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purse with money: the food, that to him now is as luscious as locusts, shall be to him shortly as bitter as coloquintida. She must change for youth: when she is sated with his body, she will find the error of her choice. She must have change, she must: therefore put money in thy purse. If thou wilt needs damn thyself, do it a more delicate way than drowning. Make all the money thou canst: If sanctimony and a frail vow, betwixt an erring barbarian and a supersubtle Venetian, be not too hard for my wits, and all the tribe of hell, thou shalt enjoy her; therefore make money. A pox of drowning thyself ! it is clean out of the way: seek thou rather to be hanged in compassing thy joy, than to be drowned and go without her.

Rod. Will thou be fast to my hopes, if I depend on the issue?

Iago. Thou art sure of me;-Go, make money:-I have told thee often, and I re-tell thee again and again, I hate the Moor: my cause is hearted; thine hath no less reason: Let us be conjunctive in our revenge against him: if thou canst cuckold him, thou dost thyself a pleasure, and me a sport. There are many events in the womb of time, which will be delivered. Traverse; go; provide thy money. We will have more of this to-morrow. Adieu.

Rod. Where shall we meet i’the morning?
Iago. At my lodging.
Rod. I'll be with thee betimes.
Iago. Go to; farewell. Do you hear, Roderigo?
Rod. What say you?
Iago. No more of drowning, do you hear.
Rod. I am changed. I'll sell all my land.

Iago. Go to; farewell: put money enough in your purse.

[Erit RodeRIGO. Thus do I ever make my fool my purse: For I mine own gain'd knowledge should profane, If I would time expend with such a snipe, But for my sport and profit. I hate the Moor; And it is thought abroad, that 'twixt my sheets He has done my office: I know not if't be true; But I, for mere suspicion in that kind, Will do, as if for surety. He holds me well; The better shall my purpose work on him. Cassio's a proper man: Let me see now; To get his place, and to plume up my will; A double knavery,—How? how ?—Let me see :After some time, to abuse Othello's ear, That he is too familiar with his wife :He hath a person, and a smooth dispose, To be suspected; fram'd to make women false. The Moor is of a free and open nature, That thinks men honest, that but seem to be so ; And will as tenderly be led by the nose, As asses are. I hav't ;-it is engender'd :-Hell and night Must bring this monstrous birth to the world's light.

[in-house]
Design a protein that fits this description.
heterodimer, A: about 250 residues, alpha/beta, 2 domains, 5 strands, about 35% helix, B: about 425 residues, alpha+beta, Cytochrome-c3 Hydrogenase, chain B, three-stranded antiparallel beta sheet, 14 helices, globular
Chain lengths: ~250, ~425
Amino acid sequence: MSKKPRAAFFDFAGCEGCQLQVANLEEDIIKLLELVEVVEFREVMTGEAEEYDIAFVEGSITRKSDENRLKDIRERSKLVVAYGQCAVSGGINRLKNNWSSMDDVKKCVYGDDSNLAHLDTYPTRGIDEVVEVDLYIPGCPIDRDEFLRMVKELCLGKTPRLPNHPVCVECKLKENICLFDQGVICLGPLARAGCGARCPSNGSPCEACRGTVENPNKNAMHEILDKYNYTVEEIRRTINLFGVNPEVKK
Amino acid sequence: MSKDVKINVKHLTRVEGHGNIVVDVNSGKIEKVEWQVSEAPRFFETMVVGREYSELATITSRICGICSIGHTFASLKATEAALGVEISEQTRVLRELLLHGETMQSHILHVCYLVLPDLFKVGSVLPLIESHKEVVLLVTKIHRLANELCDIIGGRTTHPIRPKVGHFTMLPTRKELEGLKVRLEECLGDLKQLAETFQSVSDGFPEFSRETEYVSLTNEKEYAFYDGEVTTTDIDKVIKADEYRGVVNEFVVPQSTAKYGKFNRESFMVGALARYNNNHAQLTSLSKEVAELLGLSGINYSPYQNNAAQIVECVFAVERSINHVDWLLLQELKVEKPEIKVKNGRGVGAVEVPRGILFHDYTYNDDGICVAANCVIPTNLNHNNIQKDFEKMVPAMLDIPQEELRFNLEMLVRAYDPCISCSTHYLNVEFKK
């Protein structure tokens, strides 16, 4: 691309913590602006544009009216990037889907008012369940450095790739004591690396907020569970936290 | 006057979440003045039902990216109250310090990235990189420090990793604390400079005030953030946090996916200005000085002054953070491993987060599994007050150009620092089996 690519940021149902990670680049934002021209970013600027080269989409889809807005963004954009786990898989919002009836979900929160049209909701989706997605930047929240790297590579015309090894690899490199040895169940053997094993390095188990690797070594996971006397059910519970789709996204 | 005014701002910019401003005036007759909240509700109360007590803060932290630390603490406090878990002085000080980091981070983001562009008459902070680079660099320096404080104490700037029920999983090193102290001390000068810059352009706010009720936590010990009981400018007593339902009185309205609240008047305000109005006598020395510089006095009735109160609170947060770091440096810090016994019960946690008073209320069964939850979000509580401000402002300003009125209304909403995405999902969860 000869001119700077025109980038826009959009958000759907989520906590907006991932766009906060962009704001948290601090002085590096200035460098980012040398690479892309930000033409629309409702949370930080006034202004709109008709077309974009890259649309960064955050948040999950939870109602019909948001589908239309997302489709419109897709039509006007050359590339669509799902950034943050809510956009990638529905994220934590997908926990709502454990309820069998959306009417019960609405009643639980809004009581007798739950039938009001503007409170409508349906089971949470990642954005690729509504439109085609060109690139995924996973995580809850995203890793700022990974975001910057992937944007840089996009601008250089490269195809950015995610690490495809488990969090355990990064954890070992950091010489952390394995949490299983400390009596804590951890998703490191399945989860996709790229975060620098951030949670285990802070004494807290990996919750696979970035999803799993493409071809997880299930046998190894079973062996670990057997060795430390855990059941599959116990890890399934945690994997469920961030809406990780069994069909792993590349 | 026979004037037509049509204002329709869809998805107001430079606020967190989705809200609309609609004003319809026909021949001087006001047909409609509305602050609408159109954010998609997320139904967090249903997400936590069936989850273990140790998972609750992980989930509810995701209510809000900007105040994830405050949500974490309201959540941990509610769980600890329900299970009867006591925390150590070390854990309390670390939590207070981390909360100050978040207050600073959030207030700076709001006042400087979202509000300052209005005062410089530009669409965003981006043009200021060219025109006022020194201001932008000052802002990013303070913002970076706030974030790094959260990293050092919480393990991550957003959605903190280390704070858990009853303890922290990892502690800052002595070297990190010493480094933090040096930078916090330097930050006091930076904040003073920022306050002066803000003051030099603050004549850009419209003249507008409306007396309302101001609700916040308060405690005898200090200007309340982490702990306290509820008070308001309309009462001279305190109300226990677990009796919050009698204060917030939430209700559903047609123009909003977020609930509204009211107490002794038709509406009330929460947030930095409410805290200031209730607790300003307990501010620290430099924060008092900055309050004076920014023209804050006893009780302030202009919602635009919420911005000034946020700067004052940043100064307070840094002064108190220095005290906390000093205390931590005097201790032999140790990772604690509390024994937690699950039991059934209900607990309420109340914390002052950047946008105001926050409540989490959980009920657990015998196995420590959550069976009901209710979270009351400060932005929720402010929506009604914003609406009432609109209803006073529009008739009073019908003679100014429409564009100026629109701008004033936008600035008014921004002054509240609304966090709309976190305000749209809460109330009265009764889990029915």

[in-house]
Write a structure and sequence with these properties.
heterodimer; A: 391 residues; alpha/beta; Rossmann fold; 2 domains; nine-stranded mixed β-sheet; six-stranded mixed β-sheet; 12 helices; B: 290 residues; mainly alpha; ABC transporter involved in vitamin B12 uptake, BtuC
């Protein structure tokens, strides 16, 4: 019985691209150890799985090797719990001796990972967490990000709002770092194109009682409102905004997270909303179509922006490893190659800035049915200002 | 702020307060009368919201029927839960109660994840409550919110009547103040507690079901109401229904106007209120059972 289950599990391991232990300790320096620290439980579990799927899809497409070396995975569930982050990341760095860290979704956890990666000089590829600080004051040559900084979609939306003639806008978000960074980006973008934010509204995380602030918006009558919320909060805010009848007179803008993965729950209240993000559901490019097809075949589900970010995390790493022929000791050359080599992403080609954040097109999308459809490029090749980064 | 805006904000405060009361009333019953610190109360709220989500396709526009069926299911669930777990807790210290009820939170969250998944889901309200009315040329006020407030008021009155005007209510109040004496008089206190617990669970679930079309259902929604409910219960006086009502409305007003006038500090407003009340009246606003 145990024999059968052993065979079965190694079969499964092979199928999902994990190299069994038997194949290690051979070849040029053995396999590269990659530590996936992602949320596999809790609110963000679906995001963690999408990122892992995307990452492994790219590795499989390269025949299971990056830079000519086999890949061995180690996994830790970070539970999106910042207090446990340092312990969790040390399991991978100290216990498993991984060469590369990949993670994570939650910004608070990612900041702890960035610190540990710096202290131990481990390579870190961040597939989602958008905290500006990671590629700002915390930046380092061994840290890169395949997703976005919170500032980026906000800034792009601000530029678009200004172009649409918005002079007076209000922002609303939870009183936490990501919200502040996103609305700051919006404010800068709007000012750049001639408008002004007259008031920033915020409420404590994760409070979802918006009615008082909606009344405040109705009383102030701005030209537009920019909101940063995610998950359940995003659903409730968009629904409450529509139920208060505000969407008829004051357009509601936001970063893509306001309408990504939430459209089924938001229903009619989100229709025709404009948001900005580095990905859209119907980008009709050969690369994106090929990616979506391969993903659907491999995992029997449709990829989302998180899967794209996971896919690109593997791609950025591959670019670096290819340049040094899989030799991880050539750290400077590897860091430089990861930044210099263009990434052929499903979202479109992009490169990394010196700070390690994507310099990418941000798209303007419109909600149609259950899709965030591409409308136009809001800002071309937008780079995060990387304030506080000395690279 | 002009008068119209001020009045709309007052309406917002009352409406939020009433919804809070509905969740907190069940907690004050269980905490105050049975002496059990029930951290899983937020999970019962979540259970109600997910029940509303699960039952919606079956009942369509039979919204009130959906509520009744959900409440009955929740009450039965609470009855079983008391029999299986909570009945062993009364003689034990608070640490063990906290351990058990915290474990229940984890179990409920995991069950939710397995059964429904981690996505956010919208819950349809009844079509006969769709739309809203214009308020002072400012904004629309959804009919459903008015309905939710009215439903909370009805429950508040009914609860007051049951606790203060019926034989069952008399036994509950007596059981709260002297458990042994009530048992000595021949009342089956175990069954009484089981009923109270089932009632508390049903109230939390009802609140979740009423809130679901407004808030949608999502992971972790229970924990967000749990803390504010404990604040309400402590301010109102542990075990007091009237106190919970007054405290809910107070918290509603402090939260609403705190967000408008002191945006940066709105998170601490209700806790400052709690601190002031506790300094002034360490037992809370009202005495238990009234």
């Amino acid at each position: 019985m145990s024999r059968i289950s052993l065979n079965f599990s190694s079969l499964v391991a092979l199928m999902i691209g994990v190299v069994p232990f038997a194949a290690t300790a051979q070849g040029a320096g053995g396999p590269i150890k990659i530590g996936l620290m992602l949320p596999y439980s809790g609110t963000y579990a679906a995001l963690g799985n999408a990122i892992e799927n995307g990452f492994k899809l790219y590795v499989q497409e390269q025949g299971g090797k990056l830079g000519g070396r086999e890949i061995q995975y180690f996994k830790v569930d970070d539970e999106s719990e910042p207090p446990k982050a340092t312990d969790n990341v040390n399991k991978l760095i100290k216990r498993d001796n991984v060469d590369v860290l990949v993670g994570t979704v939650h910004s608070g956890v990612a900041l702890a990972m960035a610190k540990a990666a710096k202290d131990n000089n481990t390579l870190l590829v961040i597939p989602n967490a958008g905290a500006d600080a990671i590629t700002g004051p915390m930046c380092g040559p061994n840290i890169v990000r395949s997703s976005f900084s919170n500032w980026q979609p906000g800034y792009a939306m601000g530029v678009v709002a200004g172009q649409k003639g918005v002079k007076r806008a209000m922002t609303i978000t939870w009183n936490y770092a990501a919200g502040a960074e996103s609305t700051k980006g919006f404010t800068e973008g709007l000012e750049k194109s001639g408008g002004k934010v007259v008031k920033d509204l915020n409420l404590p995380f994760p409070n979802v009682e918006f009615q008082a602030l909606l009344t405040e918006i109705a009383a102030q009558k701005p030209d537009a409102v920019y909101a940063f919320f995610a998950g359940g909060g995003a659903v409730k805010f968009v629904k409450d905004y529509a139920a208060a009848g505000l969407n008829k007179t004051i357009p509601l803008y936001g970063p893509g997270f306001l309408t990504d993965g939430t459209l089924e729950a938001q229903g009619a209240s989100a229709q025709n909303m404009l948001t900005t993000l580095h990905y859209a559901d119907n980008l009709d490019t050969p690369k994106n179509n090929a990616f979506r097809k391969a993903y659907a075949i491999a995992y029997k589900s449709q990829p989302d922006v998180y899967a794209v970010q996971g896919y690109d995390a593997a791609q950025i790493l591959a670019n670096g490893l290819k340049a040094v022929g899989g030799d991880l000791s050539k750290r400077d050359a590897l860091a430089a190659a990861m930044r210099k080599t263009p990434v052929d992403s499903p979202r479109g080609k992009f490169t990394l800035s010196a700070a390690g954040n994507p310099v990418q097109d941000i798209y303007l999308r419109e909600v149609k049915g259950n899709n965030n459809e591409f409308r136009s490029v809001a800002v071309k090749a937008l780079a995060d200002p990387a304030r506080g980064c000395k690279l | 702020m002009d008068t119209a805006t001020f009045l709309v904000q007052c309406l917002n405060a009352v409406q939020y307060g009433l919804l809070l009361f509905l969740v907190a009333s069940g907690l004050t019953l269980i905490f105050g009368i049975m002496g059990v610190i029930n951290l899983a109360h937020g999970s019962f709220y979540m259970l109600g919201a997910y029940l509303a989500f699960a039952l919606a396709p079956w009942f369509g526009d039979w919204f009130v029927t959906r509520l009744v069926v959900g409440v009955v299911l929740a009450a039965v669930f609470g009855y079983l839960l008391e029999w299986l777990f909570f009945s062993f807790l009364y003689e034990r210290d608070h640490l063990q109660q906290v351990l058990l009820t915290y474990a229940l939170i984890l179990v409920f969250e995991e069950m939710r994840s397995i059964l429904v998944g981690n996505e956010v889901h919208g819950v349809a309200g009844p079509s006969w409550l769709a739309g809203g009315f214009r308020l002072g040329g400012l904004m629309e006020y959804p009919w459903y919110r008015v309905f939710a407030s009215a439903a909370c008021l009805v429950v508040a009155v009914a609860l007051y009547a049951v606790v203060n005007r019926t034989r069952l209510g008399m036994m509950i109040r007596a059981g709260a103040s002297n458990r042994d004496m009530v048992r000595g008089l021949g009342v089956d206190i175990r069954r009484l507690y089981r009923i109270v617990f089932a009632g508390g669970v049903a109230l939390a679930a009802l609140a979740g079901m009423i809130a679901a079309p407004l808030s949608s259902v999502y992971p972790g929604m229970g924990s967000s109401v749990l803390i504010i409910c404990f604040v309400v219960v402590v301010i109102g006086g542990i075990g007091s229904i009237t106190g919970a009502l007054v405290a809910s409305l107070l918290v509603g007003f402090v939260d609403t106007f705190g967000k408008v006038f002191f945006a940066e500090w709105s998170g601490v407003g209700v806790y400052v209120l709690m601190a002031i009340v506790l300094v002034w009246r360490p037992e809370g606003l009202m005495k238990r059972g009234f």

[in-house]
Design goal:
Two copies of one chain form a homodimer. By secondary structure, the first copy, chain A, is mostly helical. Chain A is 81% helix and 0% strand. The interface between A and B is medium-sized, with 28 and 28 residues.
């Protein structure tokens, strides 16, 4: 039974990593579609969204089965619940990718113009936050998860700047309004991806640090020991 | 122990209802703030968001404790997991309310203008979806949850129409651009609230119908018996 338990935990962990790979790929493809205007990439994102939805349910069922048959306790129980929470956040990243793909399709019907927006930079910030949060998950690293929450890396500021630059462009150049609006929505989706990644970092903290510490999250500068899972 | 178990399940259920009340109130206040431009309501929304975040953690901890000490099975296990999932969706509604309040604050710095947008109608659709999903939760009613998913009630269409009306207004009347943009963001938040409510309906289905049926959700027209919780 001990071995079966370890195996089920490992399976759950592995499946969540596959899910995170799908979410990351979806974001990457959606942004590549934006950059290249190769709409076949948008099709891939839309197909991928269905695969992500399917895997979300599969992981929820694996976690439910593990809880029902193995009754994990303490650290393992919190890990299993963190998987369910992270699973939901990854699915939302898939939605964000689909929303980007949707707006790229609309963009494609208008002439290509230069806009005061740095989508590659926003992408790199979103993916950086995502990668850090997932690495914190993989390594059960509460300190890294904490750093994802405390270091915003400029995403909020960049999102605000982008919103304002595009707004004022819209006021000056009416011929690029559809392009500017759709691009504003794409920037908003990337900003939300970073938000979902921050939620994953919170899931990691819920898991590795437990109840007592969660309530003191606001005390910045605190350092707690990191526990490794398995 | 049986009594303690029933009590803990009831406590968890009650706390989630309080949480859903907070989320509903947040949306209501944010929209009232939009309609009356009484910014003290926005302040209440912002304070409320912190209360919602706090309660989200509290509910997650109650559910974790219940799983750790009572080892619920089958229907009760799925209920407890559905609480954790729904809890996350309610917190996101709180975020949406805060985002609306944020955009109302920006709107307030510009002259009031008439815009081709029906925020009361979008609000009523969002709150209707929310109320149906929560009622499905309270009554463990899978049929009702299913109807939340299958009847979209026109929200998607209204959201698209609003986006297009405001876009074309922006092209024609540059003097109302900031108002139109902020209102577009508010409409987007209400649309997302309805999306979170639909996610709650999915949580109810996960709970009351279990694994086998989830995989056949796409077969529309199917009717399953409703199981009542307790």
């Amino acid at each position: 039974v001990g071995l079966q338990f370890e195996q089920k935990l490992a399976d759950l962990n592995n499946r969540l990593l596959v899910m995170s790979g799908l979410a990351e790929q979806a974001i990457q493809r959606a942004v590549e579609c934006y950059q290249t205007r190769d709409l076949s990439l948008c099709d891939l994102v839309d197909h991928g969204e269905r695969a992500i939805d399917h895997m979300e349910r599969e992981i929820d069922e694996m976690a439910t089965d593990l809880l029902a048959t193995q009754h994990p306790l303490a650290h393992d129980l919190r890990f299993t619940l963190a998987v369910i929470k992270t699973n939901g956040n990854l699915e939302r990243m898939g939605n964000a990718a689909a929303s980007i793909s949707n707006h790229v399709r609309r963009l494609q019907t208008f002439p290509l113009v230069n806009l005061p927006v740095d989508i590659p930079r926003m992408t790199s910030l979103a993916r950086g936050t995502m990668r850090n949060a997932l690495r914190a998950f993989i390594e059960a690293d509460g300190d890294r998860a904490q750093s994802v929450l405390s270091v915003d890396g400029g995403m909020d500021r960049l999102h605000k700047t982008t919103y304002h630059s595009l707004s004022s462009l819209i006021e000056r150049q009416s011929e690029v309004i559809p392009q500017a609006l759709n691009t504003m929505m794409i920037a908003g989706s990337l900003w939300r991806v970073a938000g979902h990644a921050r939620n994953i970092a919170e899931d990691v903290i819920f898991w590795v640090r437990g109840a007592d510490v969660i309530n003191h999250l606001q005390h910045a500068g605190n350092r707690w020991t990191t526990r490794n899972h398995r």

[Exit.

ACT II.

SCENE I.-A Sea-port Town in Cyprus. A Platform.

Enter MONTANO and two Gentlemen. Mon. What from the cape can you discern at sea ?

1st Gent. Nothing at all : it is a high-wrought flood; I cannot, 'twixt the heaven and the main, Descry a sail.

Mon. Methinks, the wind hath spoke aloud at land ; A fuller blast ne'er shook our battlements; If it hath ruffian'd so upon the sea, What ribs of oak, when mountains melt on them, Can hold the mortise ? what shall we hear of this?

2d Gent. A segregation of the Turkish fleet:
For do but stand upon the foaming shore,
The chiding billow seems to pelt the clouds;
The wind-shak'd surge, with high and monstrous main,
Seems to cast water on the burning bear,
And quench the guards of the ever-fixed pole :
I never did like molestation view
On the enchafed flood.

Mon. If that the Turkish fleet
Be not inshelter'd and embay'd, they are drown'd;
It is impossible they bear it out.

Enter a third Gentleman. 3d Gent. News, lords ! our wars are done;

The desperate tempest hath so bang’d the Turks,
That their designment halts: A noble ship of Venice
Hath seen a grievous wreck and sufferance
On most part of their fleet.

Mon. How ! is this true?

3d Gent. The ship is here put in,
A Veronese; Michael Cassio,
Lieutenant to the warlike Moor, Othello,
Is come on shore: the Moor himself's at sea,
And is in full commission here for Cyprus.

Mon. I am glad on't ; 'tis a worthy governor.
3d Gent. But this same Cassio,—though he speak of

comfort,
Touching the Turkish loss,-yet he looks sadly,
And prays the Moor be safe; for they were parted
With foul and violent tempest.

Mon. 'Pray heaven he be ;
For I have serv'd him, and the man commands
Like a full soldier. Let's to the sea-side, ho !
As well to see the vessel that's come in,
As to throw out our eyes for brave Othello;
Even till we make the main, and the aerial blue,
An indistinct regard.

sd Gent. Come, let's do so; For every minute is expectancy Of more arrivance.

Enter Cassio.
Cas. Thanks to the valiant of this warlike isle,
That so approve the Moor; 0, let the heavens
Give him defence against the elements,
For I have lost him on a dangerous sea !

Mon. Is he well shipp'd ?

Cas. His bark is stoutly timber'd, and his pilot
Of very expert and approv'd allowance;
Therefore my hopes, not surfeited to death,
Stand in bold cure.

[Within.] A sail, a sail, a sail !

Enter another Gentleman. Cas. What noise ?

4th Gent. The town is empty; on the brow o'the sea Stand ranks of people, and they cry-a sail.

Cas. My hopes do shape him for the governor. 2d Gent. They do discharge their shot of courtesy:

[Guns heurd. Our friends, at least.

Cas. I pray you, sir, go forth,
And give us truth who 'tis that is arriv’d.

2d Gent. I shall.
Mon. But, good lieutenant, is your general wiv’d?

Cas. Most fortunately: he hath achiev'd a maid, That paragons description, and wild fame; One that excels the quirks of blazoning pens, And in the essential vesture of creation, Does bear all excellency.—How now? who has put in?

[Erit.

Re-enter second Gentleman. 2d Gent. 'Tis one Iago, ancient to the general.

Cas. He has had most favourable and happy speed : Tempests themselves, high seas, and howling winds, The gutter'd rocks, and congregated sands,Traitors ensteep'd to clog the guiltless keel, As having sense of beauty, do omit

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